April 17, 2003
Spring is a time of great activity for the Faculty Senate Executive Committee and the Faculty Senate. Spring brings to fruition much of the legislative activity that has gone on all year. Spring also brings the state budget and its implications for the University.
Legislation is developed in the various committees of the faculty and University and work to develop that legislation goes on all year. Final proposals often emerge in early spring and are presented to the Faculty Senate Executive Committee for consideration, amendment and approval. Legislation then is presented to the full Faculty Senate for further amendment and approval.
Much of the legislation makes small changes to the Faculty Code. Sometimes these have far-reaching significance for large numbers of faculty members. For example, two years ago the faculty senate passed legislation extending voting rights to research faculty; again last year voting rights were extended to lecturers. Other legislation changes seemingly small portions of the faculty code, but these are potentially extremely important for particular members of the faculty. An example is current legislation under consideration to change rules governing the granting of emeritus status to those who retire early.
In addition to the changes to the rules governing emeritus status, this spring the Senate Executive Committee and Faculty Senate are considering procedures to allow use of electronic means for conducting faculty business, including votes of the faculty, and changes in the structure of academic honors and awards.
Representation of the full University community in considering these issues is critical. Each of these code changes affects many members of the community, but members on different campuses, in different colleges and in particular departments have very different situations and realities. Often, seemingly insignificant changes in wording of the Faculty Code have considerable implications for individual groups that were unappreciated by those in the Committee preparing the legislation or during consideration of the legislation by the Senate Executive Committee. These only become apparent upon presentation of the legislation to the full Faculty Senate where amendments mitigate these unintended effects before final consideration.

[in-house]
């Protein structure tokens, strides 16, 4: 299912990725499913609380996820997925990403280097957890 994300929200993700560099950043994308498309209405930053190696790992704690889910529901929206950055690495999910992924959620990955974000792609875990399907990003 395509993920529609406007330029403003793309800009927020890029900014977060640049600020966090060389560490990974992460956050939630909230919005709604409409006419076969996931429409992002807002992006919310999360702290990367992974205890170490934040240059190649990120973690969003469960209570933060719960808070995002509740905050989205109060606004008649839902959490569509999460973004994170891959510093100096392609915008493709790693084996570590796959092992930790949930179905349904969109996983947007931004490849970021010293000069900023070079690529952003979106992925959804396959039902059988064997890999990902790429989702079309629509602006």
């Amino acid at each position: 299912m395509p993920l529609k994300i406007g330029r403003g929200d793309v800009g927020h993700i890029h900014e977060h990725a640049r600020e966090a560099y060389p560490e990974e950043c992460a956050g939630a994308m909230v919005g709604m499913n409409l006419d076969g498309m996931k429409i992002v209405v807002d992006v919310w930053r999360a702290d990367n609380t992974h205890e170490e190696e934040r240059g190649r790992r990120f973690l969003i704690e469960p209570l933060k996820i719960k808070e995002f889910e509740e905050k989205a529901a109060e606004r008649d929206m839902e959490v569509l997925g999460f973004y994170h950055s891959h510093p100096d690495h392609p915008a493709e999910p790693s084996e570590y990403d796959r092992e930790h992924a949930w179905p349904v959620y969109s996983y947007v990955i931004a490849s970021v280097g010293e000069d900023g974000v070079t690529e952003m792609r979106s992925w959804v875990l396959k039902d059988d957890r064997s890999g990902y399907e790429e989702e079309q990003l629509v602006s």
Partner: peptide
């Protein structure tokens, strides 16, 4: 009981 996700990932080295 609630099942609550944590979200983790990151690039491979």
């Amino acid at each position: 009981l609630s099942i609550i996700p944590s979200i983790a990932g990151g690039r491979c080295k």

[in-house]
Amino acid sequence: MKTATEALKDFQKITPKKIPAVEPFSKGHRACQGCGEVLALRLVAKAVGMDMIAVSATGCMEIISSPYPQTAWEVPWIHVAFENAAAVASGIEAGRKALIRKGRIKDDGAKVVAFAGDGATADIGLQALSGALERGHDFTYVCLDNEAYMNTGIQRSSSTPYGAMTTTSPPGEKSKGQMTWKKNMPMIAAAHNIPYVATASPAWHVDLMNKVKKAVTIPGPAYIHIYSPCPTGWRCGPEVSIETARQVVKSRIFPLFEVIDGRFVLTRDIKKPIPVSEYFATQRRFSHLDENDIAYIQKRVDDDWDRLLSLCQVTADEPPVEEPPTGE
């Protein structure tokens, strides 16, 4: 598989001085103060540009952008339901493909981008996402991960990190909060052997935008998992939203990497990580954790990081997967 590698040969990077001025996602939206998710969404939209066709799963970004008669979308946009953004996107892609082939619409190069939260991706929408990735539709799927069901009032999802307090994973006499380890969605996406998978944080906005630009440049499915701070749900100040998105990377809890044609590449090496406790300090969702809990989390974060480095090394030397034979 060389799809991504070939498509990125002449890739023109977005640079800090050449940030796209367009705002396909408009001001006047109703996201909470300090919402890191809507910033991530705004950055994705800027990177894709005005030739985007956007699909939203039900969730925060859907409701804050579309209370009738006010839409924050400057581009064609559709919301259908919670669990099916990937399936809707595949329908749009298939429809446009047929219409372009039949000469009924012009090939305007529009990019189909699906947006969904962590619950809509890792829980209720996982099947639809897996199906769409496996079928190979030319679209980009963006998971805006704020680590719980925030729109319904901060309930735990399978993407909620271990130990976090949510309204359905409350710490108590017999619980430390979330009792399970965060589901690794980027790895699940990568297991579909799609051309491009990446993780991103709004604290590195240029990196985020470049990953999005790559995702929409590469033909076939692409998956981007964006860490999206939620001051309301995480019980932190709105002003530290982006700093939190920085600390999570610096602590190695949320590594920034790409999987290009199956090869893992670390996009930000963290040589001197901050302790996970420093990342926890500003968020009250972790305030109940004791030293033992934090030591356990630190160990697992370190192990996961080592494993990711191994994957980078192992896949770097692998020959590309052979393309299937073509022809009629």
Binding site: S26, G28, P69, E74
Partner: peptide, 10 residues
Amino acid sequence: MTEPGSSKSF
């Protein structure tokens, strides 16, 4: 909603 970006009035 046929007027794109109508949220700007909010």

Another springtime activity is the monitoring of progress of the University appropriation in the state budget through the Washington State Legislature and its implications for the University. This is more critical than ever because of the statewide budget difficulties of the last two years. Of particular importance this year have been efforts to maintain an ongoing dialogue throughout the year between the faculty, largely via the Senate Committee on Planning and Budgeting and the University administration.
All of this activity results from the sum of the large number of people who participate in faculty governance. They contribute an impressive amount of time, energy and care to the work. It has been a privilege to share this enterprise and serve on the Faculty Senate Executive Committee this year as Group VII representative.
Editor’s Note: This is one of a continuing series of columns about the work of the Faculty Senate councils and committees. Todd Scheuer is a representative to the senate’s Executive Committee.